Friday, April 12, 2019

From Around the Blogs

1. Last month on IPKat, Eleonora Rosati published a post by Paola De Donato titled Patent infringement and recovery of profits in Italy:  doctrine of equivalence and requirement of negligence, discussing a decision of the Tribunale di Genova on damages and recovery of profits.  Here is a link to the post, and here is a link to the original decision.  Long story short, the court concludes that the plaintiff is entitled to recover from the principal defendant its actual damages, consisting of certain expenses incurred to investigate and try to settle the dispute, etc. (apparently a distinct item from the recovery of litigation costs, which are also awarded), and the disgorgement of the defendant's profits.  However, the court denies the recovery of damages against two other defendants who were neither negligent nor willful infringers (being the importer, distributor, and retailer of the accused product in Italy).

For brief discussion of the relation between fault or state of mind and remedies in certain countries, see my book Comparative Patent Remedies pp. 245, 256-57, 308-09, 354.  The position articulated by the Italian court seems similar to the position of the courts of France.  See also INPRECOMP's discussion of this topic here (pp. 14-19).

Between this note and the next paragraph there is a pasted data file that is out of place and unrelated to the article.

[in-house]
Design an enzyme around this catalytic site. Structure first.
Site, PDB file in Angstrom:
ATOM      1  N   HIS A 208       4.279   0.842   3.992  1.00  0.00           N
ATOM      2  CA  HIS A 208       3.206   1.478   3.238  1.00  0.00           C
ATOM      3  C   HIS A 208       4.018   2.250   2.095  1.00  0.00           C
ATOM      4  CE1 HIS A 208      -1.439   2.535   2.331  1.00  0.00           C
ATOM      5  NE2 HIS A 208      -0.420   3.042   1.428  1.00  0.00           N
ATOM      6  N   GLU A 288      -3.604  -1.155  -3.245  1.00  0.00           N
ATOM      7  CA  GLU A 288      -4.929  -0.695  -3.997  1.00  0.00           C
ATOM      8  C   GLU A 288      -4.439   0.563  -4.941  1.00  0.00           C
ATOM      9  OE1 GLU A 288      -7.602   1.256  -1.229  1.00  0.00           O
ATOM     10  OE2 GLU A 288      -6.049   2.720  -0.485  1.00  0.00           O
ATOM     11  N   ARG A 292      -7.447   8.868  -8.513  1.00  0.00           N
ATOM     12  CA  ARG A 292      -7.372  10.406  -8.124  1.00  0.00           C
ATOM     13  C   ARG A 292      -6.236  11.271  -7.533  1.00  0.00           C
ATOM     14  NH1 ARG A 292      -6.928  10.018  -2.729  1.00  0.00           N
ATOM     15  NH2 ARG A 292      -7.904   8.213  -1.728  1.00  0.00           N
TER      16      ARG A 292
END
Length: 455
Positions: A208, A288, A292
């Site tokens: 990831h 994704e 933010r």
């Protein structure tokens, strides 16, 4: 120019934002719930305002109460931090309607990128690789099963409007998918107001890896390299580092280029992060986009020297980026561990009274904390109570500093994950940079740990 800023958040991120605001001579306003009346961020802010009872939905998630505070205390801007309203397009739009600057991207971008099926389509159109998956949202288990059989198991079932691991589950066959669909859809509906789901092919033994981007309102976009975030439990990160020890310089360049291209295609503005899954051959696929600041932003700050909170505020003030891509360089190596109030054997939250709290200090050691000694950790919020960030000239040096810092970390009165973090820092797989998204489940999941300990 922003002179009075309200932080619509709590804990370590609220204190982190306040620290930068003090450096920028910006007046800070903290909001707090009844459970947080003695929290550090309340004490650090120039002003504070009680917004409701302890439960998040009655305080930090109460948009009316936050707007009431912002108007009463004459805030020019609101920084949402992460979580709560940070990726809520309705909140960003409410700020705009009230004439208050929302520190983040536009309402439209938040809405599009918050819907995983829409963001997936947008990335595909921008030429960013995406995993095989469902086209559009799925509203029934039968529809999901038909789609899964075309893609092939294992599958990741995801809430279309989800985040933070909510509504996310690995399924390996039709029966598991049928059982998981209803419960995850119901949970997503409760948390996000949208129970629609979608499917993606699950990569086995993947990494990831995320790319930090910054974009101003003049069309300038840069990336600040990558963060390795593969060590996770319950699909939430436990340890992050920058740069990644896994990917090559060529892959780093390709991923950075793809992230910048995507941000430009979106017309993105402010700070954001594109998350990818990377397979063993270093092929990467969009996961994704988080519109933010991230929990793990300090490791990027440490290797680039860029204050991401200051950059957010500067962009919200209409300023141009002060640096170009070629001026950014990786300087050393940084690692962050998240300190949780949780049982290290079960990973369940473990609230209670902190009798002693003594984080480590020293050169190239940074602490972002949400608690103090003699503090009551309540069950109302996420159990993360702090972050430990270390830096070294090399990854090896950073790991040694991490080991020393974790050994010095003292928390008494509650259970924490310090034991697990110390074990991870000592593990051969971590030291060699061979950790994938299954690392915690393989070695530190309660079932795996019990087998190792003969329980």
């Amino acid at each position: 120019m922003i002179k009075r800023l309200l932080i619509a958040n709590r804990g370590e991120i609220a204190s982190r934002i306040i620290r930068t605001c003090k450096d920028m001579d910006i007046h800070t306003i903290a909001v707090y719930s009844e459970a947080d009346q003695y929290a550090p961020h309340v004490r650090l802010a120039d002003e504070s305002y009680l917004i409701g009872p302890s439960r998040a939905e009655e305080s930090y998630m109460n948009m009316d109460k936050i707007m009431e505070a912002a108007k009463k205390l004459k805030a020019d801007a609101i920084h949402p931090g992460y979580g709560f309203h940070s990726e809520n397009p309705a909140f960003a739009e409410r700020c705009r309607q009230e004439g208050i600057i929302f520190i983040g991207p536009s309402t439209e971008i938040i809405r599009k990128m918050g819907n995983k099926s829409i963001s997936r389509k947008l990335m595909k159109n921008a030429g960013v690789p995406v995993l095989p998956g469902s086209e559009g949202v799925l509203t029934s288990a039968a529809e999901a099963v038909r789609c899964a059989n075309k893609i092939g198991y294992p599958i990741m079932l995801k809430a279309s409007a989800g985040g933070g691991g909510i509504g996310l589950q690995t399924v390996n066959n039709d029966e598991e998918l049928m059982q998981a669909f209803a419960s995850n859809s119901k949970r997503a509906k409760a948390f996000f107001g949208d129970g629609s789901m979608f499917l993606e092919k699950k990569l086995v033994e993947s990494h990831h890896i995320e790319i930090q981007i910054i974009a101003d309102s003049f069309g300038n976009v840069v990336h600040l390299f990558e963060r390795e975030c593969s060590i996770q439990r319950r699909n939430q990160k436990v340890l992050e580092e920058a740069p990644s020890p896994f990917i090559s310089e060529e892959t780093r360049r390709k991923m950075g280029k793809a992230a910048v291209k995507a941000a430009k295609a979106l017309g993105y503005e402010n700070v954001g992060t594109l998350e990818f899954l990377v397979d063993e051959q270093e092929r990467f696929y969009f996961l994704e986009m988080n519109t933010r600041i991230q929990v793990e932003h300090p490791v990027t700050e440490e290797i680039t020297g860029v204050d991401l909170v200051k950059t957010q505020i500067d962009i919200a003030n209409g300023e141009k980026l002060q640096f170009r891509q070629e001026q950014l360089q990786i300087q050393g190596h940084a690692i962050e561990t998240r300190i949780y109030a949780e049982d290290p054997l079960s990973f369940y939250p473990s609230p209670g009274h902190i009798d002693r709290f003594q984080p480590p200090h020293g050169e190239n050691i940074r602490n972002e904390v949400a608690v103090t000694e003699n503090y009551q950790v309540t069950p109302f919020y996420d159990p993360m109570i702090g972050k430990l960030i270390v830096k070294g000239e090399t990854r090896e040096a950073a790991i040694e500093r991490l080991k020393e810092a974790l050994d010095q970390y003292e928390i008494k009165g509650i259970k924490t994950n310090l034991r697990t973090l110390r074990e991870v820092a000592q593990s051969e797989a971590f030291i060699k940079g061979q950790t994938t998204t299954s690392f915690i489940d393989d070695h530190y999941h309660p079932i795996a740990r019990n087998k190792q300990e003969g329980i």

2. In February, Norman Siebrasse published a post on Sufficient Description titled Airbus v. Bell Punitive Damages Award Upheld.  The post discusses a recent decision of Canada's Federal Court of Appeal affirming this judgment from 2017, which awarded Can.$1,000,000 in punitive damages (twice the amount of the actual damages).  No surprises in the judgment itself, but seeing how uncommon it is for courts outside the U.S. to award punitive or enhanced damages for patent infringement, it is significant.  For previous mention of the trial court decision on this blog, see here.

3.  In addition to his thorough coverage of the Qualcomm litigation in the U.S. and Germany, Florian Mueller published an interesting post on FOSS Patents a few months ago titled When defending against standard-essential patents, beware of standard-essential utility models.  (For previous discussion on this blog of utility models, see, e.g., here.)  The post raises, among other things, an interesting question about the scope of antisuit injunctions, namely whether an injunction (issued, say, in the U.S.) against enforcement of a patent in another country would cover an attempt to cover a utility model derived from a patent application.  Perhaps it would be advisable, for companies seeking such injunctions, to ensure that their scope is as clear as possible up front.

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